Bizarre News-Lost Lottery Ticket

August 3, 2009 12:00:00 AM PDT
The stories may be strange, but they're trueLOST LOTTERY TICKET
WELLINGTON, Fla. (AP) - A South Florida man had some good luck, now he's hoping for even better luck. Louis Tolentino says he lost a winning scratch-off lottery ticket worth a-half million bucks. He hopes he'll be lucky enough for someone to turn it in. A clerk at the store where he bought the ticket confirms it was a winner. The clerk told Tolentino he had to cash it in at the lottery office in West Palm Beach. Somewhere along the way, he lost it. Tolentino says he panicked and retraced his steps. But there's been no sign of that $500,000 lotto ticket. Without his signature on it, it's finders-keepers. Anyone can cash in that ticket.

ZOO POOP FUEL
NEW ORLEANS (AP) - Researchers at Tulane University could have the inside scoop on beating the energy crisis -- zoo poop. The scientists are studying droppings from hippos, giraffes and other plant-eating animals. The zoo doo contains bacteria that helps turn plant waste into butanol, a type of alcohol that can fuel engines. Eric Smith, associate director of the Tulane Energy Institute, says scientists scooping up zoo poop might look funny. But he tells New Orleans CityBusiness that animals have been turning plants into energy long before people ever thought about doing it.

PARKING STRIP SALAD
SEATTLE, Wash. (AP) - Seattle gardeners are curbing their appetites. The city is encouraging the green-thumb set to plant veggies on parking strips. Those are the strips of grass between the sidewalk and the curb. The city has lifted the requirement for a permit for a strip garden. Gardener Jake Harris couldn't wait to get his veggies in the ground. He tells The Seattle Times his mantra is "eat your yard."

SWORD EXERCISE
CHINA GROVE, N.C. (AP) - Forza might sound like an import car model. But it's more like swordplay for exercise. Jennifer Lambert teachers Forza at North Carolina's South Rowan YMCA. The Salisbury Post reports her students use a 2-pound wooden sword, but unlike fencing there's no combat. While students might be channeling their inner-swashbuckler, Forza gives a serious workout. Lambert tells her new students they might have sore shoulder and back muscles when they start. She has another warning for students as they swing their swords -- don't stand too close to each other.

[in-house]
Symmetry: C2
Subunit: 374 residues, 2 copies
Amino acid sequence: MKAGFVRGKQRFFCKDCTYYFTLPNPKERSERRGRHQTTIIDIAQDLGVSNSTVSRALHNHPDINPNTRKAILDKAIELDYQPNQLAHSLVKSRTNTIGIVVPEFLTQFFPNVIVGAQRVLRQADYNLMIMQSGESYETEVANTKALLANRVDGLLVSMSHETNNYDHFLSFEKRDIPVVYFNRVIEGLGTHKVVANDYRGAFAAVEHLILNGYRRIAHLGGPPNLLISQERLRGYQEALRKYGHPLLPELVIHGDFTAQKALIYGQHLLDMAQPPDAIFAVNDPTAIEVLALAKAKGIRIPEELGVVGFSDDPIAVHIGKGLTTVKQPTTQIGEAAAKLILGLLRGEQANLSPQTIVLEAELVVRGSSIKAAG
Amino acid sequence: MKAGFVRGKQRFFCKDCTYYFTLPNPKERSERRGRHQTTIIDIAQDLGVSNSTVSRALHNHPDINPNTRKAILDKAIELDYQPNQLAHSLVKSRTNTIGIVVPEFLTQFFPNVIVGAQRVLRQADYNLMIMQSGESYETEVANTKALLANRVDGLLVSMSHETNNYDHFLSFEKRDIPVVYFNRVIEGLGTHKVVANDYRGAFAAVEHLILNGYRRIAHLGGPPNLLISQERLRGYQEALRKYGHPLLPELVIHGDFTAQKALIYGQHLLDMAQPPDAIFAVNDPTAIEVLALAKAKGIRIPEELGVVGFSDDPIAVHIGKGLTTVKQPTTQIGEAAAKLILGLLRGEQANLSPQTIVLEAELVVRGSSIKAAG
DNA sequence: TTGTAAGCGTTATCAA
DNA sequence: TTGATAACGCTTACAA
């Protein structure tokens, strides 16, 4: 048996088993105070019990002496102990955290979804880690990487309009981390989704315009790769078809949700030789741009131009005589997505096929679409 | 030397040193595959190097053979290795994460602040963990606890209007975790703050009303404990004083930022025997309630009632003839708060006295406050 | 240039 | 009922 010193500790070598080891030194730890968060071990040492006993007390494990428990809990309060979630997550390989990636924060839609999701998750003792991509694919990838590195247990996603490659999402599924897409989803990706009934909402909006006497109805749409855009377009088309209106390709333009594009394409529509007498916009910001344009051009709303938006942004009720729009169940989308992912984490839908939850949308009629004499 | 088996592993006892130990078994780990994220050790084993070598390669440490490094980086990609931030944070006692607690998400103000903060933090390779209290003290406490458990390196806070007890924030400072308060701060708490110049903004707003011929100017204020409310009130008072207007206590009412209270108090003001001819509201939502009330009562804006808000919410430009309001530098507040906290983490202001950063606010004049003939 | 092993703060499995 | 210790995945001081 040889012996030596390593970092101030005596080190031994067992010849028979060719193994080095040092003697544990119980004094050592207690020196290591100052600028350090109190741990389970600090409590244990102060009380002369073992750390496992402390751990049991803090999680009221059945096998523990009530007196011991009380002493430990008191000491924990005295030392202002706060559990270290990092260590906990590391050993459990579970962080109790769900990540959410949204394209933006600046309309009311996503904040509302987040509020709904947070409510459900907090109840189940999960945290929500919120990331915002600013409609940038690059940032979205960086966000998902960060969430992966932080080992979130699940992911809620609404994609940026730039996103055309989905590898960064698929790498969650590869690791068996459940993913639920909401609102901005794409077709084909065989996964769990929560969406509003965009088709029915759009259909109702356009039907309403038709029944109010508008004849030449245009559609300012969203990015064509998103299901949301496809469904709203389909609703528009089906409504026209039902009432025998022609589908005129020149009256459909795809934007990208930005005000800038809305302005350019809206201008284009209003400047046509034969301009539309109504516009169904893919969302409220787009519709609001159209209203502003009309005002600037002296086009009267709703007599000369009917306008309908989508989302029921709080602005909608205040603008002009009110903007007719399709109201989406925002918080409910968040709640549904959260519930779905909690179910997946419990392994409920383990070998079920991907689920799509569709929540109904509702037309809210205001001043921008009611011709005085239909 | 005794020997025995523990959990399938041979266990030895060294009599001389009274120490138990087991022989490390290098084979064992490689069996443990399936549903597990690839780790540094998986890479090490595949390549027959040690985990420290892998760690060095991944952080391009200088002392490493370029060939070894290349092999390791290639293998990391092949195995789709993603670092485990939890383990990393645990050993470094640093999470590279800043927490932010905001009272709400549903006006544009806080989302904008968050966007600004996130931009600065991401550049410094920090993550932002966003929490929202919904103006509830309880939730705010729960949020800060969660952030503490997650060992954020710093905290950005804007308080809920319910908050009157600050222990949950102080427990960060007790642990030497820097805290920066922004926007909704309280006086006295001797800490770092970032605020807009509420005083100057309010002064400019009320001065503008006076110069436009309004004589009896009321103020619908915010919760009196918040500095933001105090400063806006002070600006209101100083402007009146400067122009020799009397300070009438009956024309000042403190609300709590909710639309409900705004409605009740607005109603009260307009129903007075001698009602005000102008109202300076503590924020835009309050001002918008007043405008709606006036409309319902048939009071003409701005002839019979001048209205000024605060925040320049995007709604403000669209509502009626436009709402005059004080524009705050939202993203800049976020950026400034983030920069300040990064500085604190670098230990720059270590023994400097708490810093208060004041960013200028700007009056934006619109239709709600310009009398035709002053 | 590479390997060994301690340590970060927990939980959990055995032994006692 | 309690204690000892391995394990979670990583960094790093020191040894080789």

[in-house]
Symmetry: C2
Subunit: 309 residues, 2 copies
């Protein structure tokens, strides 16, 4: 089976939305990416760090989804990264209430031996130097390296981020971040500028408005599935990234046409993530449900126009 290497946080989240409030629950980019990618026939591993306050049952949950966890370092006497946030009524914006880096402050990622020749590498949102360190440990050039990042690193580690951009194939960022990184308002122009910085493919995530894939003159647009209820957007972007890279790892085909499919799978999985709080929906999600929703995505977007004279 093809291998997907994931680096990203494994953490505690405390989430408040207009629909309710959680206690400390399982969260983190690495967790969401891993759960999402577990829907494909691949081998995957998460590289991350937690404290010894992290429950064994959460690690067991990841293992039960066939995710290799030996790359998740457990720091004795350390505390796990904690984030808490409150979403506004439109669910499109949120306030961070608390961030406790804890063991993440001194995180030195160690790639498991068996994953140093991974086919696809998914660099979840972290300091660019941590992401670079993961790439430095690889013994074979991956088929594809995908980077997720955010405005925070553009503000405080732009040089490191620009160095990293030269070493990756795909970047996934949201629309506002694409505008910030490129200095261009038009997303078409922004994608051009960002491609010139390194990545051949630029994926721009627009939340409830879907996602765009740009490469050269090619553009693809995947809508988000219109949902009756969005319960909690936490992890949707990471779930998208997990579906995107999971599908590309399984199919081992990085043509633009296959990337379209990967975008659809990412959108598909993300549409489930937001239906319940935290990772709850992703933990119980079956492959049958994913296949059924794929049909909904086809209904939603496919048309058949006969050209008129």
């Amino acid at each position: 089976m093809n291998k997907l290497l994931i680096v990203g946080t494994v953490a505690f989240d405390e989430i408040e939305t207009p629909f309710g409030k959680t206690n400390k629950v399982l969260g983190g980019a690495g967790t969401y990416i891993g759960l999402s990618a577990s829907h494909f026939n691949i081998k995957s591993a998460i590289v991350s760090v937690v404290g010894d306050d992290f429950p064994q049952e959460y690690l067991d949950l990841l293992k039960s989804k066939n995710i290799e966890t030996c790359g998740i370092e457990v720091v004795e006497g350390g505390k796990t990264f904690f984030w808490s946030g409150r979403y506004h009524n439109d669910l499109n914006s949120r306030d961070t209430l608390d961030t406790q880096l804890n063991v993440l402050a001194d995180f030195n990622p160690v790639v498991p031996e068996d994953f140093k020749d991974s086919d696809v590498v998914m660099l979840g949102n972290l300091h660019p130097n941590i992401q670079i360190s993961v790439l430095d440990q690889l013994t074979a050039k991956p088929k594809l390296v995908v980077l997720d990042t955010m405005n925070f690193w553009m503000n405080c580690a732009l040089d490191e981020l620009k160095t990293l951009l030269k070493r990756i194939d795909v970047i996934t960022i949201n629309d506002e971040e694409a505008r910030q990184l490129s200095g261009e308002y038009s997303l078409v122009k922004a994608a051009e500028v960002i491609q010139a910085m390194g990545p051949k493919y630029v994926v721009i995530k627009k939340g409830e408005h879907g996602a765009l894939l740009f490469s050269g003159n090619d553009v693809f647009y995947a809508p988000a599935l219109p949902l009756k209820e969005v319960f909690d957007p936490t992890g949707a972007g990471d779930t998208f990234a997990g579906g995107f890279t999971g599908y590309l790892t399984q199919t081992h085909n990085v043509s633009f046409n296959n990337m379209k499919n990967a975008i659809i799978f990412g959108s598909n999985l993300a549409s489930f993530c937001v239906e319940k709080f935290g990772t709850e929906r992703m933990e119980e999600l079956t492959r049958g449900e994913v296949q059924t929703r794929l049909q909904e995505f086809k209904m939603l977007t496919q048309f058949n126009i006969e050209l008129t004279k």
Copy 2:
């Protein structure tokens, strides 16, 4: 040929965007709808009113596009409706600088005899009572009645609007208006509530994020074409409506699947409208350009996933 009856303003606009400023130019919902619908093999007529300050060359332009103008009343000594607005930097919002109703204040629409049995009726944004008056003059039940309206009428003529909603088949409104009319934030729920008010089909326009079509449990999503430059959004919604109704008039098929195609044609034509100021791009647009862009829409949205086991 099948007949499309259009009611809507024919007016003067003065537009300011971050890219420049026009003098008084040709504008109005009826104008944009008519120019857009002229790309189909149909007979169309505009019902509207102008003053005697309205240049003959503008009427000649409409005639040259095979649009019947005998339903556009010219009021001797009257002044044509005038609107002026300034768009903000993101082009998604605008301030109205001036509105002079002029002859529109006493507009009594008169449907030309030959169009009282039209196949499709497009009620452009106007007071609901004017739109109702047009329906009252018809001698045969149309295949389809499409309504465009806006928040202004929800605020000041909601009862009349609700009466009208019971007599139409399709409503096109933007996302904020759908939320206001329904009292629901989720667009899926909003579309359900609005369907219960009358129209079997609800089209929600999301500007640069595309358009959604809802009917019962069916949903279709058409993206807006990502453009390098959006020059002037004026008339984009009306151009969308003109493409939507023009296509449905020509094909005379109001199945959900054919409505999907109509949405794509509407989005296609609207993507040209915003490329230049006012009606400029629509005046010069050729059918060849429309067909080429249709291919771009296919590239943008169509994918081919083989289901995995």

LONG TIME IN FAST FOOD NORTH
MUSKEGON, Mich. (AP) - It's fast food -- but a long career. Marlene Wickerink and Janet Chapman are both saying goodbye to the Golden Arches. Wickerink and Chapman are retiring from the McDonald's in North Muskegon, Mich. Between the two, they have more than four decades of experience with Happy Meals, Quarter Pounders and Big Macs. The franchise owner (Mark Dahlke) tells The Muskegon Chronicle the women were great examples for their fellow workers. Chapman was the voice of the drive-though lane. She says she'll miss McDonald's. She adds she used to be shy before starting under the Golden Arches in 1988.

ROLLER SKIING
BEND, Ore. (AP) - It might be tough to think about the Winter Olympics during the dog days of summer. But Torin Koos can't let a little thing like the lack of snow interrupt his training for the 2010 Winter Games in Vancouver. He's a member of the U.S. cross-country ski team. He and some teammates are training with roller skis in the area around Oregon's Mount Bachelor. The skiers say roller skis come close to the snow variety, but with some important differences. One skier tells The Register-Guard newspaper it hurts a lot more to fall on pavement than snow. The roller skies also have brakes, something snow skis lack.


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